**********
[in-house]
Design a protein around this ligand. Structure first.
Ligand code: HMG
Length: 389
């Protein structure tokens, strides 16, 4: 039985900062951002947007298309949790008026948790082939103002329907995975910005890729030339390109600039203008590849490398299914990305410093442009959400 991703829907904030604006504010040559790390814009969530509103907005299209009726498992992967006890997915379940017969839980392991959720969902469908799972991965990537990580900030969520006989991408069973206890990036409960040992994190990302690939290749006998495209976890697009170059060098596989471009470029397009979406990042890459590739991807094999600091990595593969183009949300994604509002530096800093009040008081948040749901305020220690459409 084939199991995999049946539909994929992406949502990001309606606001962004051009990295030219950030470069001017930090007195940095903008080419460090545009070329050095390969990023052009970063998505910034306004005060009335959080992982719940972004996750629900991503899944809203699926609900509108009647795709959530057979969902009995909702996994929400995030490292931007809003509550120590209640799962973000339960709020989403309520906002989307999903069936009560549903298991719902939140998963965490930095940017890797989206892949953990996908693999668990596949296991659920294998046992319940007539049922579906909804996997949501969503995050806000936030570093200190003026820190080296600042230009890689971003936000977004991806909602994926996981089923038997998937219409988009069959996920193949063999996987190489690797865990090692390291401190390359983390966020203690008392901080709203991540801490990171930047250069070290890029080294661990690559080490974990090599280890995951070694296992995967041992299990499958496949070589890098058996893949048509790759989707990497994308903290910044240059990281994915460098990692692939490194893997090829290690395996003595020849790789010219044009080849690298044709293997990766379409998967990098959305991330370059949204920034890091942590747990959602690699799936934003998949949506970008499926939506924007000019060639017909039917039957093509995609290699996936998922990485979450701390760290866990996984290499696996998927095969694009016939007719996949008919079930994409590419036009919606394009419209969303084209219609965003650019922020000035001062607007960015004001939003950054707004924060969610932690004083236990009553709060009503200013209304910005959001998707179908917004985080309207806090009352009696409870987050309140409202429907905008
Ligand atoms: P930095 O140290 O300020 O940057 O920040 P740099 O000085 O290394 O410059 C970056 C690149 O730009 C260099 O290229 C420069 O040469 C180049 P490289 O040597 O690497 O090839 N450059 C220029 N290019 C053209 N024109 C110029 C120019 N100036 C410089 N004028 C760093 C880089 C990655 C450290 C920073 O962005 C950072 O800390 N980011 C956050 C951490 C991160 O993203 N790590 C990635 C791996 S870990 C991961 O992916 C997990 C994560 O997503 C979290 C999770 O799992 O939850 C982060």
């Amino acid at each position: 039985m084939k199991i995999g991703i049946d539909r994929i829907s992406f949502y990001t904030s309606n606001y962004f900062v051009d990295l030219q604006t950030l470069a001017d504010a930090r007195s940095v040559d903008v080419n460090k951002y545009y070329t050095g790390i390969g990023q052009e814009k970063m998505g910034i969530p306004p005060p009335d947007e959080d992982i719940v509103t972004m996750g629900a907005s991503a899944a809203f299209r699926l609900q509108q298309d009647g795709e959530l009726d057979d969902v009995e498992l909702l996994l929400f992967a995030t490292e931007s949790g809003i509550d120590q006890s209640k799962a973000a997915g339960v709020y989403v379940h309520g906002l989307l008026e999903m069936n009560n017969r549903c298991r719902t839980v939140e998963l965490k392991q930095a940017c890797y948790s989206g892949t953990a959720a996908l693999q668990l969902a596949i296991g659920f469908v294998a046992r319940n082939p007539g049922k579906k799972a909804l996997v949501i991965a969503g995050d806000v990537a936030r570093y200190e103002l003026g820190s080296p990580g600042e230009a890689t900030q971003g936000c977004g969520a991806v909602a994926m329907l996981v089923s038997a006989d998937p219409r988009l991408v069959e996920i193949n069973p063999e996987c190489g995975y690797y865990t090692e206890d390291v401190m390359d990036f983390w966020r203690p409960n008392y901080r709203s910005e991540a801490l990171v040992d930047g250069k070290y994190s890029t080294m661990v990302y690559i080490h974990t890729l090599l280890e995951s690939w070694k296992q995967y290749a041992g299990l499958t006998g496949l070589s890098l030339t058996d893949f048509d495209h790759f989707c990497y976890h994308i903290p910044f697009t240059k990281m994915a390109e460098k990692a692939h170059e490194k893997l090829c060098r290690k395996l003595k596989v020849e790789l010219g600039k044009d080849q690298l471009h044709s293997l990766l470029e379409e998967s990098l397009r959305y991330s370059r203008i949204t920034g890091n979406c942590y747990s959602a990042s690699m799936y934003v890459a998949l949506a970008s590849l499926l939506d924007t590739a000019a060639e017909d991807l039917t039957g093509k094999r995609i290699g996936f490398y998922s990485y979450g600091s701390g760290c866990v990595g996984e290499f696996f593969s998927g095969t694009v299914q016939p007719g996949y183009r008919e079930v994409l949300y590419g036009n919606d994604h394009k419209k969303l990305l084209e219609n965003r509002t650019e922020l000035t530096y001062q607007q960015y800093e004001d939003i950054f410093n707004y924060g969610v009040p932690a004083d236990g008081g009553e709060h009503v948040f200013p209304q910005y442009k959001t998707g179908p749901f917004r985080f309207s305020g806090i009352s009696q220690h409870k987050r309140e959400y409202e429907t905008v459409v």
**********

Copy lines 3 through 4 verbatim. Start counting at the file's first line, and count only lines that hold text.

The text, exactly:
Ligand code: HMG
Length: 389